Then, it’s off to Mae Sai Roong for Lucy.

The makeshift bed for Mae Sai Roong is abandoned after a long 24 hours.

Only remnants from a fire and medical supplies remain from the previous emergency.

When we get there, both of us freeze.

Mae Sai Roong stands up after nearly passing away the day before.

“I can’t believe it,” Lucy says as a smile breaks out across her face. “This morning, I didn’t think she’d make it. And now, look!”

Hooked up to an IV, and with an appetite, Mae Sai Roong has come along way.

What a difference 24 hours make.

She’s standing. Flapping her ears. Chomping on fruit.

Tears of happy bubble up in my eyes.

Lucy smiles as she visits with the recovering elephant.

We reach our hands into a bucket and produce pieces of melon for her to eat. The elephant, who could barely muster the strength to swallow bananas the day before, sticks her trunk out through the fence and wraps it around our offerings, then shoves the fruit into her mouth.

We smile to each other.

Then, it’s time to go.

Time to leave the world of elephants.

I’m not even sure how to say a proper goodbye.

Lek is at the main compound when we begin to gather our things.

I walk up to her and hug her. This time, the tears choke me. I can barely muster a “thank you” to her. After all, how can I possibly convey my experiences in the form of “good bye.”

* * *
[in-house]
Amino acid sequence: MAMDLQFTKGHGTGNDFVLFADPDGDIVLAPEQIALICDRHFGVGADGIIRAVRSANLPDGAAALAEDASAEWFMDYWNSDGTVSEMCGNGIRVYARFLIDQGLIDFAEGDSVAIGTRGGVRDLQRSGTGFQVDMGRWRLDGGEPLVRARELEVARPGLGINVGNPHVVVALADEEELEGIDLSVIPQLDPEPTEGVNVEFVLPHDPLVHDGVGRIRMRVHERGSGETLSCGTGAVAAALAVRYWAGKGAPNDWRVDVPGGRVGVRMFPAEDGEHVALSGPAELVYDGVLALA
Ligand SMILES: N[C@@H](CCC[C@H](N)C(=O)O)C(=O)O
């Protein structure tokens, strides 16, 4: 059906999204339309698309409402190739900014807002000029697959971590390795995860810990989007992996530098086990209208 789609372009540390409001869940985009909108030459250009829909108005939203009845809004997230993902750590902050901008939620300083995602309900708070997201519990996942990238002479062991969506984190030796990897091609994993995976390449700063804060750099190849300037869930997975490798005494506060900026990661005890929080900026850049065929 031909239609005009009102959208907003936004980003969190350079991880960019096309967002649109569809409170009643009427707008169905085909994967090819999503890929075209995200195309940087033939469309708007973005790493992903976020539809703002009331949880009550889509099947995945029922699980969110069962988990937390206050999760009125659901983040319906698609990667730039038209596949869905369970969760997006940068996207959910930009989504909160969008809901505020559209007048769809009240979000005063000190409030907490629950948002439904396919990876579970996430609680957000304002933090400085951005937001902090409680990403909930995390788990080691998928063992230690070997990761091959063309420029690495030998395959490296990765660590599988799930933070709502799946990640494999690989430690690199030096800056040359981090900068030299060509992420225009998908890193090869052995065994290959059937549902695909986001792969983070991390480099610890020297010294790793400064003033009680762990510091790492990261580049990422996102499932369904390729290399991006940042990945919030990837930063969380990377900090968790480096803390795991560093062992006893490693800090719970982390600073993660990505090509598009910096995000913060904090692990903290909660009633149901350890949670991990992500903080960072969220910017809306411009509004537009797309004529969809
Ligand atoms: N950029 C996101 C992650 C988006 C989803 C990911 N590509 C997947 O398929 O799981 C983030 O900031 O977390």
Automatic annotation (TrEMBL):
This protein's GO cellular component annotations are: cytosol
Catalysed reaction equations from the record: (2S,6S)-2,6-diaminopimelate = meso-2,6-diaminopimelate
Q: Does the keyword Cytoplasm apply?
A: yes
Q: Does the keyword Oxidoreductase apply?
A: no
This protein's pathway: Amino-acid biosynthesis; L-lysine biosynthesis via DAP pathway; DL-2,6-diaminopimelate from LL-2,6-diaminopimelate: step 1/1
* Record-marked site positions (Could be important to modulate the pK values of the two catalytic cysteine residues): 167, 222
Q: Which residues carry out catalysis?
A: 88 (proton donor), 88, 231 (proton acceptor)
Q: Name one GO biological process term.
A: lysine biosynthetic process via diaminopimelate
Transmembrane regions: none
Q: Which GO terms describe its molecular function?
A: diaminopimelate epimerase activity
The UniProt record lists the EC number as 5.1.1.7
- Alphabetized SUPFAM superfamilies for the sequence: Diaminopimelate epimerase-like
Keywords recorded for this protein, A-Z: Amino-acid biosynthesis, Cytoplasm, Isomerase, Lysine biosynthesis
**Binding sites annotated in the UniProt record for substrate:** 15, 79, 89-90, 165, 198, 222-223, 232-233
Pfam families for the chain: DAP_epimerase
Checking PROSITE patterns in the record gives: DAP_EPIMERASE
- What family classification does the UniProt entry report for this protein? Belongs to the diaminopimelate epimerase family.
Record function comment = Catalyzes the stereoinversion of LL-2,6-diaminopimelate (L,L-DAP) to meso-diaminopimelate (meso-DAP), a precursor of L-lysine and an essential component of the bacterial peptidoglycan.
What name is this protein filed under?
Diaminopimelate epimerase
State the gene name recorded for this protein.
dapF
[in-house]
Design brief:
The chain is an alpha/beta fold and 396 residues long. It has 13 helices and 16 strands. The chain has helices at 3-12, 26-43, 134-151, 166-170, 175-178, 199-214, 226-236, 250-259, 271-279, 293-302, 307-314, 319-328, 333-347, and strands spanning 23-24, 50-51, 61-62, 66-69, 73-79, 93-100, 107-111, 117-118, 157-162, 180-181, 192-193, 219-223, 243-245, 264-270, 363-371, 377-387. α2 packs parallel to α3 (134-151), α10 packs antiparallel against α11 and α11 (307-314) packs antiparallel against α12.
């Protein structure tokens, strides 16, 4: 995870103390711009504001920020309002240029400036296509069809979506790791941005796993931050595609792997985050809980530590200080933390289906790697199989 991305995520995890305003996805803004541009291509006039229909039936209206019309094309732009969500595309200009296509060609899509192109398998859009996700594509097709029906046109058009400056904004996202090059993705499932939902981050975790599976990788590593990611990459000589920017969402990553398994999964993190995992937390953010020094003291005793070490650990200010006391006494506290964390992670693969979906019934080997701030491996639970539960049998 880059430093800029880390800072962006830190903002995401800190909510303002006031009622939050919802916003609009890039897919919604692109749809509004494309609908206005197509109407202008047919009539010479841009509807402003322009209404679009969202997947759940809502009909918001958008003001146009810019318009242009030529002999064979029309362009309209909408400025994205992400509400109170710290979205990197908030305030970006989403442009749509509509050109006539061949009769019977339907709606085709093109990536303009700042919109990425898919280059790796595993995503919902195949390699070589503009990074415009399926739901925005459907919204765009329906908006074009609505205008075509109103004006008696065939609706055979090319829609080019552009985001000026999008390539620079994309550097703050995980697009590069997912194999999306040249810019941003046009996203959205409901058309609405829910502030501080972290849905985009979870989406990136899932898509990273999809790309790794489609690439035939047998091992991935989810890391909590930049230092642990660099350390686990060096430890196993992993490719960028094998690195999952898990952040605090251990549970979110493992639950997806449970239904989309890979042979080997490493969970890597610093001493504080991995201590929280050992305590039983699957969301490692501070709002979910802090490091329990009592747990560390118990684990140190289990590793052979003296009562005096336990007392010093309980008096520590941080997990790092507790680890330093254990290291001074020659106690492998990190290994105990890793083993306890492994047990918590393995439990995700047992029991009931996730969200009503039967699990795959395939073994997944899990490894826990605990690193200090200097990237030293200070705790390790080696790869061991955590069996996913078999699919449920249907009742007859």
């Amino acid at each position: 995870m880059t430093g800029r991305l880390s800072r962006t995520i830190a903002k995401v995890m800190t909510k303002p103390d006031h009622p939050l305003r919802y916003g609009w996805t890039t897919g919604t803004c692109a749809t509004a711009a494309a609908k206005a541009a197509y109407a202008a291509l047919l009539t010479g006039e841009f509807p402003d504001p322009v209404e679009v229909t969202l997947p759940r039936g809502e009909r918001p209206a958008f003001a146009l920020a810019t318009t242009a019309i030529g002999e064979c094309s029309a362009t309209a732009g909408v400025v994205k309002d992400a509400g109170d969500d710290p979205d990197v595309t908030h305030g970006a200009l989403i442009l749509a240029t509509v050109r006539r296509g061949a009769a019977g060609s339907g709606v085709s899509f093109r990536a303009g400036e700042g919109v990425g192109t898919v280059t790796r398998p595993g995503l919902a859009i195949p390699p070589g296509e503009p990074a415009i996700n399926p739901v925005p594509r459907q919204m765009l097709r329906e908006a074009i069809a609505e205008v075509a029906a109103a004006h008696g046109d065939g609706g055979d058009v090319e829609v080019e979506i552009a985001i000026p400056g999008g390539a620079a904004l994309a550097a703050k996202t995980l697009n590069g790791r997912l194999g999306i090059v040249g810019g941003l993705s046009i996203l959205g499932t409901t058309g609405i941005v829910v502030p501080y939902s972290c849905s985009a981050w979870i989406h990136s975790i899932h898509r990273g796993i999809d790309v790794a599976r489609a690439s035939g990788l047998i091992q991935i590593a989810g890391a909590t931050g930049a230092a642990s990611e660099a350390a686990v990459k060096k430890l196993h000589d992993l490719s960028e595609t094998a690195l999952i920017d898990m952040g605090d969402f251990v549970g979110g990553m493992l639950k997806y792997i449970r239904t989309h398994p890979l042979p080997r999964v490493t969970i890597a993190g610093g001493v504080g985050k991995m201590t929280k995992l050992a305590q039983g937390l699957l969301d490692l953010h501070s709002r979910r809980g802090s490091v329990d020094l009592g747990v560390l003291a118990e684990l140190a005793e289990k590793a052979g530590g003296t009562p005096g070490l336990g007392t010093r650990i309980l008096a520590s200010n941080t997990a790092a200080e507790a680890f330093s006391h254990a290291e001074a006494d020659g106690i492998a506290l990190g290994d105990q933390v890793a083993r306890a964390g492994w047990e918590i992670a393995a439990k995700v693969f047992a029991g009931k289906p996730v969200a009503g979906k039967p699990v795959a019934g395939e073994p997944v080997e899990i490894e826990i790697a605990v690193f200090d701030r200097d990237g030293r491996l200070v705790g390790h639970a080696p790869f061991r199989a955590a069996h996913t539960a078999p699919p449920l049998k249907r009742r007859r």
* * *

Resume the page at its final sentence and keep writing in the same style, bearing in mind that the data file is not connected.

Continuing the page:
Instead, I hug her tightly, promise her I will share my stories.

As we drive down the dirt road, I wipe the tears from my eyes.

I have a new mission as we head back to Chiang Mai: to do whatever I can to help save more of these elephants and to educate others about Elephant Nature Park, the dark side of the elephant tourism industry, and what we all can do to give back and make a change in their lives.

But first, I have five more days in Thailand and some exploring of Chiang Mai to do.

30 comments

  1. We visited the Elephant Nature Park last week (partly due to all the lovely posts you’ve done about it) and we LOVED it. It was so amazing to interact with elephants in such a positive atmosphere – we felt great about supporting the park and interacting with the herds. I didn’t think I could love elephants any more, but apparently I was wrong. πŸ™‚

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  2. I’m looking for things fior my daughter to do over the summer in Thailand, Singapore and Malaysia and found your post. Thank you for sharing your experience. She was in Uganda last summer (building a school classroom and teaching), and will have a 4 month break this year after finishing her A levels and before university. She wants to travel and do some volunteering during the break, and this sounds ideal.

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  3. I love all the things you’ve learned and experienced here. Its really nice that you are able to share it with us all for our own personal inspiration. For me, for example, I never would’ve thought to go an elephant nature park, but now I think I could learn and do some good there, too on my next trip to Thailand.